Clearing the Water

When you have water where you don't want it on your construction site, you need a pump to move it. Deciding what size, power and type of pump, however, can be a challenge.

To help you understand pumps better, we contacted four leading pump manufacturers. These, they say, are the major factors in successful pump selection.

Know the flow
"Required flow has everything to do with sizing a pump system," says Peter Snow, training manager at Godwin Pumps. "Pumps are sized by flow, and a supplier can't provide the right one unless you know how much flow you require."

Mark Conrardy, sales engineering manager for Wacker Corp., adds, "When selecting a pump for a given dewatering application, there are two important questions that a contractor needs to ask: 'How much water do I have to move, and how much time do I have to move it?' This is where flow rate comes into play."

Flow is measured in gallons per minute (gpm). Pumps offer different flow rates, depending on the design. For example, high-flow pumps are capable of moving large volumes of water, but do not create a lot of pressure. High-pressure or high-head pumps can move water over longer distances, but require more horsepower to achieve the same flow rates.

"By knowing the needed flow rate, you can determine if you need a small 2-in. electric submersible pump (to produce a 50-gpm average flow rate) or a large 12-in. diesel-powered portable pump to move more than 5,000 gpm," Snow points out.

"Generally, if a contractor requires a 500-gpm flow rate, he needs a 4-in. pump. A 6-in. pump can handle a 1,300-gpm flow rate, while for 4,000 gpm, enlist a 12-in. pump," advises Jim Widrick, manager of construction equipment sales for The Gorman-Rupp Co. "If the pump size doesn't adequately align with the job, the pump will pump at the rate it was designed for, and the contractor will likely be frustrated."

Ben Rieboldt of Tsurumi (America) Inc. cites the following analogy: "Just as a person uses more energy to carry a 5-gal. bucket of water than a glass of water, a pump uses more energy to move a larger volume of water than a smaller volume. Therefore, the higher the required flow rate, the greater the power required."

To move a large volume of water, the pump will need an impeller with a long vane moving within a large volute or pump casing. "You also need a larger suction and discharge bore, as well as a larger engine or motor to provide the increased power required," says Rieboldt.

Determine viscosity
"Viscosity is a measure of thickness or flowability of a liquid," notes Conrardy.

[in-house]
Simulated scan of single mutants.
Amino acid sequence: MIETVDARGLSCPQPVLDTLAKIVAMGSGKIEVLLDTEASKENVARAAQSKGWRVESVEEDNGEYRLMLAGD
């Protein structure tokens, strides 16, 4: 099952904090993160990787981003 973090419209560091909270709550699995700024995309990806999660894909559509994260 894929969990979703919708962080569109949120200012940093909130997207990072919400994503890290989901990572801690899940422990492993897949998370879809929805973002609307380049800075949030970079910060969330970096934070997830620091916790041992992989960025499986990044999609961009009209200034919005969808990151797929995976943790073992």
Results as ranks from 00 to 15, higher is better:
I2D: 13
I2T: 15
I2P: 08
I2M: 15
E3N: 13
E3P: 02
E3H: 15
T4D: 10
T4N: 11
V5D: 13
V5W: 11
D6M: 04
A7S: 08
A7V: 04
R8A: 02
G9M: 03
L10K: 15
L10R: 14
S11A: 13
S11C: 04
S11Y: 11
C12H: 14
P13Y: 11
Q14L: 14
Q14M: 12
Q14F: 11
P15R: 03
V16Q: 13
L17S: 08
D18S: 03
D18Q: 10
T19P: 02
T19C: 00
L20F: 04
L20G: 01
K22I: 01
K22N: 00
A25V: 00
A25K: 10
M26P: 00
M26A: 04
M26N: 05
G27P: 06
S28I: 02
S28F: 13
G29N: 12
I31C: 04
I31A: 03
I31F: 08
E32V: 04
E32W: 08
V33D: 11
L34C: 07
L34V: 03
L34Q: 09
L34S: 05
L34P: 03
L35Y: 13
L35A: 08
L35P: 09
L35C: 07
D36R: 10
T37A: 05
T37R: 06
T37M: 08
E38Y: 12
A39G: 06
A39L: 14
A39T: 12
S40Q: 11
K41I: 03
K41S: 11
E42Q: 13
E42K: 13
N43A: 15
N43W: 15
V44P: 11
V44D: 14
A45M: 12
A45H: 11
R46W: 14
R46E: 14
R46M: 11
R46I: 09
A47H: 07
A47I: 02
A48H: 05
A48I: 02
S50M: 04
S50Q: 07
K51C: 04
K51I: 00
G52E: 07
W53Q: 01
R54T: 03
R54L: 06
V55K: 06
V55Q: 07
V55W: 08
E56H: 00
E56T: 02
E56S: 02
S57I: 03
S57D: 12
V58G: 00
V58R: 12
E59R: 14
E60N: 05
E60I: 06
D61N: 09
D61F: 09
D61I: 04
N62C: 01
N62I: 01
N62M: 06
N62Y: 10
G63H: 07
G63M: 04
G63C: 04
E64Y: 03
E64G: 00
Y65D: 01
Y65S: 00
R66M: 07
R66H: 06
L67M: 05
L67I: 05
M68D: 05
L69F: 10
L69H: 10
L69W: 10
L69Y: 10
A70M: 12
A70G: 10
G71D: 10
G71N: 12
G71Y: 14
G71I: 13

If you're just pumping water, viscosity is not a problem. If the water contains mud, sand, silt or stones, it takes more horsepower to pump the liquid.

"Most pumps used in the construction industry are meant for pumping water found on jobsites, not heavy, thick materials," he says. "But if you have such viscous materials, a positive displacement-type pump is required. In this industry, usually it means a diaphragm pump. These are meant to pump slurries or low volumes of water with a lot of heavy mud in them - and they don't create high flow rates."

"Because a high-viscosity liquid is more resistant to flow, these liquids will reduce the efficiency of a centrifugal pump and increase the power required," says Rieboldt. "In general, an application requiring a relatively low flow rate, and with small or no solids, will be well-served by a submersible dewatering pump or end-suction centrifugal dewatering pump."

That changes if you need a relatively high flow rate for a liquid that may contain larger solids. "Then, a submersible solids-handling pump or end-suction centrifugal trash pump is better," says Rieboldt. "The liquid's specific gravity must be accounted for when pumping solids. It is a measure of the relative weight of a substance - in this case, a liquid that may contain solids - compared to an equal volume of clear water at standard temperature and pressure. You also need to maintain a sufficient carrying velocity so the solids do not settle out from the liquid within the pump and discharge line."

Conrardy offers this rule of thumb: "A pure dewatering pump is designed to move water with small solids up to 0.25 in. in diameter. Trash pumps are capable of moving larger solids up to 3 in. based on the size of the pump. Using a dewatering pump in these situations can result in clogging and heavy wear to the components, as well as poor performance."

Decide where the pump will be
It's usually best to place a pump as near to the liquid as possible to achieve optimum performance.

"To understand why, you must realize that pumps do not suck," Rieboldt says. Although the term 'suction' is commonly used when referring to pump parts (i.e., suction inlet), pumps don't actually suck in liquid. "It's a partial vacuum created within the pump, along with atmospheric pressure acting on the liquid surface, that pushes the liquid up the suction line."

"In simple terms, the closer you can place a pump to the water or the liquid source being pumped, the more you're going to pump," says Widrick. "The elevation or distance you're pumping the water really doesn't affect the size of the pump. Rather, performance has more to do with how close you are to what you're pumping."